• Stirring: Stir the litter daily to distribute the silica crystals, which helps with odour control.
  • Full Change: Replace the litter completely once a month, or as needed based on odor and appearance.

Biodegradable Litter (e.g., wood, corn, paper):

  • Scooping: Scoop out solid waste daily.
  • Full Change: Change the litter and clean the box every 1-2 weeks, or as needed. Some biodegradable litter, like those made from wood or corn, may need more frequent changes depending on their absorbency.

Multi-Cat Households:

  • Scooping: Scoop waste at least once daily, preferably more often.
  • Full Change: Change the litter and clean the box more frequently than you would for a single cat. This might mean every 1-2 weeks for clumping litter and weekly for non-clumping litter.

General Tips:

  1. Monitor Odors: If you notice an odour before the scheduled change, it’s a sign that the litter needs to be changed sooner.
  2. Litter Depth: Maintain an adequate depth of litter (2-3 inches) to ensure effective clumping and odour control.
  3. Clean the Box: When changing the litter completely, wash the litter box with mild soap and water. Avoid strong chemicals that might deter your cat from using the box.

How do you get rid of cat sand?

So, now we know how frequently we should change your cat’s little toilet, the last question would be, how can you dispose of that?

Proper disposal of used cat sand (cat litter) is important for maintaining hygiene and minimizing environmental impact. Here are some methods to get rid of cat sand:

General Disposal Methods:

Small gray British cats peeing into gray triangular plastic litter box.
  1. Trash Disposal:
    • Scoop Waste Daily: Use a litter scoop to remove clumps of urine and faeces from the litter box daily. Place the waste in a small, sealable plastic bag or a dedicated litter disposal bag.
    • Seal and Dispose of: Seal the bag tightly to contain odours and dispose of it in your regular household trash.
    • Full Litter Replacement: When it’s time to change the entire litter box, empty the used litter into a large trash bag, seal it well, and dispose of it with your regular trash.
  2. Biodegradable Litter:
    • Composting: If you use biodegradable litter made from materials like wood, paper, or corn, you can compost the used litter, provided it only contains urine and not faeces. Cat faeces can contain harmful pathogens that aren’t always destroyed in the composting process, so it’s generally safer to dispose of it in the trash.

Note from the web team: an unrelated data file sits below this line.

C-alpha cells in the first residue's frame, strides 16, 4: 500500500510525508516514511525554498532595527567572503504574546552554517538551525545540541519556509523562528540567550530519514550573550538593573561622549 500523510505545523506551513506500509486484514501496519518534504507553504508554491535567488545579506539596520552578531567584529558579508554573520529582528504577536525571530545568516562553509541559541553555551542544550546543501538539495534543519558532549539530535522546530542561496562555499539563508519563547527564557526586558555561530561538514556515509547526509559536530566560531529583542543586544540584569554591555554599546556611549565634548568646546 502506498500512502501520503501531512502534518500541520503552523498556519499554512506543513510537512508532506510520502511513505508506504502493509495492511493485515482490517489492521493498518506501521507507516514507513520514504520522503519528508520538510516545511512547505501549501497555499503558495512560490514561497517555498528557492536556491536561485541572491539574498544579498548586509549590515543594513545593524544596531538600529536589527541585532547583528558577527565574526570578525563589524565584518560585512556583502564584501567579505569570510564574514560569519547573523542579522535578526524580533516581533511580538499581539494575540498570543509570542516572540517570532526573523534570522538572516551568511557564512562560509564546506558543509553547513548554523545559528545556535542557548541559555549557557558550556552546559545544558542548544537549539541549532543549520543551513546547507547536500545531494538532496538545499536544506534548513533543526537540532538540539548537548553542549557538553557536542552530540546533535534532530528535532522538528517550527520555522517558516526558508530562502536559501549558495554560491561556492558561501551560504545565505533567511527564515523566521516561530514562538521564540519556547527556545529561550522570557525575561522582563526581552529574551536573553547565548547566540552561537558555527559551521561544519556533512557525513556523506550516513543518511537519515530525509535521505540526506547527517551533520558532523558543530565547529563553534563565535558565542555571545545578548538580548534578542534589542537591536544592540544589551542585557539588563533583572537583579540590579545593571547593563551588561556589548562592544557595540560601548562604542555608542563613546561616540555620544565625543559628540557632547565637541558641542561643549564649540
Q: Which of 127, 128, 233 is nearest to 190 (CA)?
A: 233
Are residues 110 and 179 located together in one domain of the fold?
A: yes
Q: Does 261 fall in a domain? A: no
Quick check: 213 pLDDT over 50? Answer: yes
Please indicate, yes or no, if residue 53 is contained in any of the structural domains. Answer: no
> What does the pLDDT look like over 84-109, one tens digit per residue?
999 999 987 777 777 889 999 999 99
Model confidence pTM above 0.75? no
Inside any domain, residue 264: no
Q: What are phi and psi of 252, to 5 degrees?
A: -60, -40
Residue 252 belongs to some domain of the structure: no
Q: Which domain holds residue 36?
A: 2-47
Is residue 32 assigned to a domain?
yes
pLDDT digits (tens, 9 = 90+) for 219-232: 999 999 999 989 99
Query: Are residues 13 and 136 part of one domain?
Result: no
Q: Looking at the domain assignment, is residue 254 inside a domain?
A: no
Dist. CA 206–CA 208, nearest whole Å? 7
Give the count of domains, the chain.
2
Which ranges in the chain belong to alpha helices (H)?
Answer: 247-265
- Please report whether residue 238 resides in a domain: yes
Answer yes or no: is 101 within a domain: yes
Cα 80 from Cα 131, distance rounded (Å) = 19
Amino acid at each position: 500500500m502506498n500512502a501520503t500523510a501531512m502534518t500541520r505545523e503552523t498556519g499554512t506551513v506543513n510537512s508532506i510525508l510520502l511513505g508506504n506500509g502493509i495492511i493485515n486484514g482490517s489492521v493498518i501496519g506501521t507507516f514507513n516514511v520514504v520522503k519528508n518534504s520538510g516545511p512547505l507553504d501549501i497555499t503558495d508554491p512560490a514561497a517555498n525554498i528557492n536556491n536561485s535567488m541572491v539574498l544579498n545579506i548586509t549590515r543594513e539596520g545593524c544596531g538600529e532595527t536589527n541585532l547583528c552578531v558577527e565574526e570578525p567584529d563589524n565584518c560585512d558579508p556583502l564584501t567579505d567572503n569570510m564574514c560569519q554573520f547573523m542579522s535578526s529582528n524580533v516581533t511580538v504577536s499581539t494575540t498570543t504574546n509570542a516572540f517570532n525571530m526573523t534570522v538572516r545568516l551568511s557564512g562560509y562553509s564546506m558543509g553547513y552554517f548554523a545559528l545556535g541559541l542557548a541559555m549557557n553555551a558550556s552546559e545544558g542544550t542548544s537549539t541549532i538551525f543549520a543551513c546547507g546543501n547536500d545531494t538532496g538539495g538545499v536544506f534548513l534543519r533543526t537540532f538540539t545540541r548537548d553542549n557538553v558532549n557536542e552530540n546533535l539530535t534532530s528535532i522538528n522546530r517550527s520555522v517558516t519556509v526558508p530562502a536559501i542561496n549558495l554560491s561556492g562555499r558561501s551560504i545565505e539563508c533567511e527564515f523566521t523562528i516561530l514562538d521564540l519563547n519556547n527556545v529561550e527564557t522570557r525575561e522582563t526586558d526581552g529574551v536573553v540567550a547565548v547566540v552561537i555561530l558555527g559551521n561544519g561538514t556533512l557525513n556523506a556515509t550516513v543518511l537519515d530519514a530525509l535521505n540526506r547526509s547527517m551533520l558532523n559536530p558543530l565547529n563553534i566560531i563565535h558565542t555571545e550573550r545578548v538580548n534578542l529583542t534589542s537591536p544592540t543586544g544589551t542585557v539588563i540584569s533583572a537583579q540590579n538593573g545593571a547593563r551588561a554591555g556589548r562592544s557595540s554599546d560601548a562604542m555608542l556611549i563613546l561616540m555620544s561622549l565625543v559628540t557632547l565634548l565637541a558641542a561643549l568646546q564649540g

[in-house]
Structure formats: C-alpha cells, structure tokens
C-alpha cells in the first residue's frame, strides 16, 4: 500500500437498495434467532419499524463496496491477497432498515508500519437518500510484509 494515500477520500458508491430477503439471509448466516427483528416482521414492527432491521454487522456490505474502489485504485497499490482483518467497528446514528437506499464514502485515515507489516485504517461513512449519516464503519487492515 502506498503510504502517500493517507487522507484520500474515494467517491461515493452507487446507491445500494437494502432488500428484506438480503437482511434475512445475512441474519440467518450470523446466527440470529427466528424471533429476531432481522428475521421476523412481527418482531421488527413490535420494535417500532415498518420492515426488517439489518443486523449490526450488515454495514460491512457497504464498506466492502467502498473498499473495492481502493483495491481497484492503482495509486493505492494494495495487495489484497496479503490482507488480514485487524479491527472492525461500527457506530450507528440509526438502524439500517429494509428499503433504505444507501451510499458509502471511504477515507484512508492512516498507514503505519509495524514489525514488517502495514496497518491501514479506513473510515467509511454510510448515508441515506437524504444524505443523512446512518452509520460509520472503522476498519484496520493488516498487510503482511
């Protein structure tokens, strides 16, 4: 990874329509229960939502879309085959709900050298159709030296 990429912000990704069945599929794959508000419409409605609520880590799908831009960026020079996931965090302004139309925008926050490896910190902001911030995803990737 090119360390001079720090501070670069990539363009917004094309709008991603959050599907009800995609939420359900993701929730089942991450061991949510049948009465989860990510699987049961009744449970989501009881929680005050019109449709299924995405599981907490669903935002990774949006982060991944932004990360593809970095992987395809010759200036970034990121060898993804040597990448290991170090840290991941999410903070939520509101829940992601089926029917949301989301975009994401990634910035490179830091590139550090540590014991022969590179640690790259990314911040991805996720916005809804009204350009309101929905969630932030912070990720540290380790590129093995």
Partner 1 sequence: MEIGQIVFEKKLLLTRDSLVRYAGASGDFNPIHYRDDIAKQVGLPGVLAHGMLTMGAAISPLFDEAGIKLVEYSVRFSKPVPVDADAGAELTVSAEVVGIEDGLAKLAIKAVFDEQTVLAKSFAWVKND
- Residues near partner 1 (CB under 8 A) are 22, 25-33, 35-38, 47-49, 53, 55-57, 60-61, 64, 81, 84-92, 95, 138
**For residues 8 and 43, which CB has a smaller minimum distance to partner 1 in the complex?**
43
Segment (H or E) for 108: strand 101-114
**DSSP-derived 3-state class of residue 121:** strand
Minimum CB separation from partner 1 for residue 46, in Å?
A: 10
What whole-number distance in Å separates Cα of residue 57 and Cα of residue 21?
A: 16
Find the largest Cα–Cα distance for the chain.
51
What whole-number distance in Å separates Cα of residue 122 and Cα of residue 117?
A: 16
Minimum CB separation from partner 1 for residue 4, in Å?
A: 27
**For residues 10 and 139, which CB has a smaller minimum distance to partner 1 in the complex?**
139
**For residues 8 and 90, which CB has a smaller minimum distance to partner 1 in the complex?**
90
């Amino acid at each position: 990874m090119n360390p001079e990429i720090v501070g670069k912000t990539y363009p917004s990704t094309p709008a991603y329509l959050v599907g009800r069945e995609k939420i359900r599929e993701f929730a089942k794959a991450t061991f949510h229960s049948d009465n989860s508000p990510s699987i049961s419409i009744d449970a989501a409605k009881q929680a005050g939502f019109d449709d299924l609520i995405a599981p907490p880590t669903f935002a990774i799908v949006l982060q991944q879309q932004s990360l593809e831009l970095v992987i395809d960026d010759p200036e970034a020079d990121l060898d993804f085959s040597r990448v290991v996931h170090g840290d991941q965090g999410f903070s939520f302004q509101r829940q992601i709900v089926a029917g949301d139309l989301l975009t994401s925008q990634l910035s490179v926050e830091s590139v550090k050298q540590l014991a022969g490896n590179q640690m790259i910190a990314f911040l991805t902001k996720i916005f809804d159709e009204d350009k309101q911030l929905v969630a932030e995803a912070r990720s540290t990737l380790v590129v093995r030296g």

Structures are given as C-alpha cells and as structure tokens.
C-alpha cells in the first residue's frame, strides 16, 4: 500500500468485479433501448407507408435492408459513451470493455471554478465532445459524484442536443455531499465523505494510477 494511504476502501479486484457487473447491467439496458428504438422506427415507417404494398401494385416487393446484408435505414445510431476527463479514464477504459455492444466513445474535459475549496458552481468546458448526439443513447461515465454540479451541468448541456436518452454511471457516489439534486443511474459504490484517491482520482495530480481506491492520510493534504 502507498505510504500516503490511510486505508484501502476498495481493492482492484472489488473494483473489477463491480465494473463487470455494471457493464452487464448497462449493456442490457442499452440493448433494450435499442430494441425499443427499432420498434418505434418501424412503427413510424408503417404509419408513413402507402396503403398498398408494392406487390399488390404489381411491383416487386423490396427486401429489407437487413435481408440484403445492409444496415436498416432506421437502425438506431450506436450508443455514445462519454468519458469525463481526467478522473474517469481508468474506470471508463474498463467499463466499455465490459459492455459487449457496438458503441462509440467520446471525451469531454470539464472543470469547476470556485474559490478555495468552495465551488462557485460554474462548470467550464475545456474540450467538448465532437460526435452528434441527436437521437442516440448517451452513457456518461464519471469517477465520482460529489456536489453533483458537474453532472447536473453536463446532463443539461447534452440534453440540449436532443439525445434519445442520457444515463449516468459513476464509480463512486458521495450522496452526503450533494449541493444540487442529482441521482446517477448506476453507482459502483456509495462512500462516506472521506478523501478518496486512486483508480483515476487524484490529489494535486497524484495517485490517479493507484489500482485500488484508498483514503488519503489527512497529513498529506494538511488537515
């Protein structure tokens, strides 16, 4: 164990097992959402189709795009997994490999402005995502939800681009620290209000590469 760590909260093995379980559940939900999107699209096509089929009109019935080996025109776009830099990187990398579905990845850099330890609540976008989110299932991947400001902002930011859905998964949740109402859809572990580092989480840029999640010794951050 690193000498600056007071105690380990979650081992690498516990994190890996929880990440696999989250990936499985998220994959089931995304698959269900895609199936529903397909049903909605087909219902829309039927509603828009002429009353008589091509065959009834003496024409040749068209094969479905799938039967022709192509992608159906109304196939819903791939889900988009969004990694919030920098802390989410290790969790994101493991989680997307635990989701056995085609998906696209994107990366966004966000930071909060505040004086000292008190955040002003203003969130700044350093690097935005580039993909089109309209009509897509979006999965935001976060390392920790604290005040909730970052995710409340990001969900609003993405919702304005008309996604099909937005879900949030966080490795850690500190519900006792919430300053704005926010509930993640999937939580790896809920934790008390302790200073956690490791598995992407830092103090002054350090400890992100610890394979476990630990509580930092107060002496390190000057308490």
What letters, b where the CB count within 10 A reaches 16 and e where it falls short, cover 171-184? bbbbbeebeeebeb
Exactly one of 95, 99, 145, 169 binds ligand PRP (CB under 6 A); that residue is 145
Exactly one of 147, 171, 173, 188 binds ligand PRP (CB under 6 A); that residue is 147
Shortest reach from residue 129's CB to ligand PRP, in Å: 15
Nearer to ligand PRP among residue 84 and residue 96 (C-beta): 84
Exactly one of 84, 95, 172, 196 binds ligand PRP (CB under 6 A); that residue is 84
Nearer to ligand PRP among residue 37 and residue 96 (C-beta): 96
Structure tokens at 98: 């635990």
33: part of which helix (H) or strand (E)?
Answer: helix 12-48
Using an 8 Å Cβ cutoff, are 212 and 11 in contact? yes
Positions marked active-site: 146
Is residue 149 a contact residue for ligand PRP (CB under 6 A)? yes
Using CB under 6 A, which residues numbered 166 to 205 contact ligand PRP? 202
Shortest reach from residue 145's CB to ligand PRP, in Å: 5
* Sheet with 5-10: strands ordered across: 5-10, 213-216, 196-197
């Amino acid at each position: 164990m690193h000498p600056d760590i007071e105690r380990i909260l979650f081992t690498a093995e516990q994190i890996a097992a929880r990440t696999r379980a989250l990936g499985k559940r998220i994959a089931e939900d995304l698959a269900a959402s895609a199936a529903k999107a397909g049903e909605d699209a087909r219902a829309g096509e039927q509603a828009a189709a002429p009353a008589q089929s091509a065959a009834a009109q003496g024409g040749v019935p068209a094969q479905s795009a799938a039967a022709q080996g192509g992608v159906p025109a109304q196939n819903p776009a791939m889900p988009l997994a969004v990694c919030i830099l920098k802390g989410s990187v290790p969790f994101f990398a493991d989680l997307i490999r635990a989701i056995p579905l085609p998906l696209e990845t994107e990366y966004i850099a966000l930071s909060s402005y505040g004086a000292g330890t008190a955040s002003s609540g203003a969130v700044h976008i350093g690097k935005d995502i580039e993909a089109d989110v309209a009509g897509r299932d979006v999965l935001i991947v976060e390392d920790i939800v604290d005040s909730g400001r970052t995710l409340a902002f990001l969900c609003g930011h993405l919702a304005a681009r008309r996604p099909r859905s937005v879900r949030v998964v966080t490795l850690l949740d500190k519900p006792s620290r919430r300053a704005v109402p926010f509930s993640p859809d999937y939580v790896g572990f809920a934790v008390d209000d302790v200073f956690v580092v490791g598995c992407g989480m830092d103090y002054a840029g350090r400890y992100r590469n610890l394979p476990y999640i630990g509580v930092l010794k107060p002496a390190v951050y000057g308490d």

• Gardening Use: Some biodegradable litters can be used in gardens as mulch or soil conditioner, but only in non-edible plant areas due to potential health risks from cat waste.
  3. Flushing:
    • Check Label: Some cat litters are marketed as flushable, typically those made from biodegradable materials. However, always check the packaging to ensure it’s safe to flush.
    • Small Amounts: If you choose to flush, do so in small amounts to prevent plumbing issues. Note that flushing cat litter can still pose environmental risks and may not be allowed in all areas due to potential contamination concerns.

Environmental Considerations:

  1. Avoid Flushing Non-Flushable Litter: Most traditional clay and silica-based litters should not be flushed as they can cause plumbing problems and environmental damage.
  2. Use Biodegradable Bags: When disposing of litter in the trash, consider using biodegradable or compostable bags to reduce plastic waste.

Cleaning the Litter Box:

  1. Wash Regularly: When you do a full litter change, wash the litter box with warm water and mild detergent. Rinse thoroughly to remove any soap residue.
  2. Avoid Strong Chemicals: Avoid using strong chemicals or bleach, as these can leave odours that deter cats from using the litter box.

By following these methods, you can ensure that you are disposing of used cat sand in a way that is both hygienic and mindful of the environment.


Managing cat litter is super important for keeping your home clean and cosy for both you and your cat. Knowing what cat litter is made of, how it works, when to change it, and how to dispose of it properly can help keep your pet happy while being kind to the environment.

Just make sure to scoop it daily, change the whole thing every so often, and dispose of it in an eco-friendly way to keep the litter box clean and odour-free. Following these tips will help you and your cat enjoy a healthier, happier home.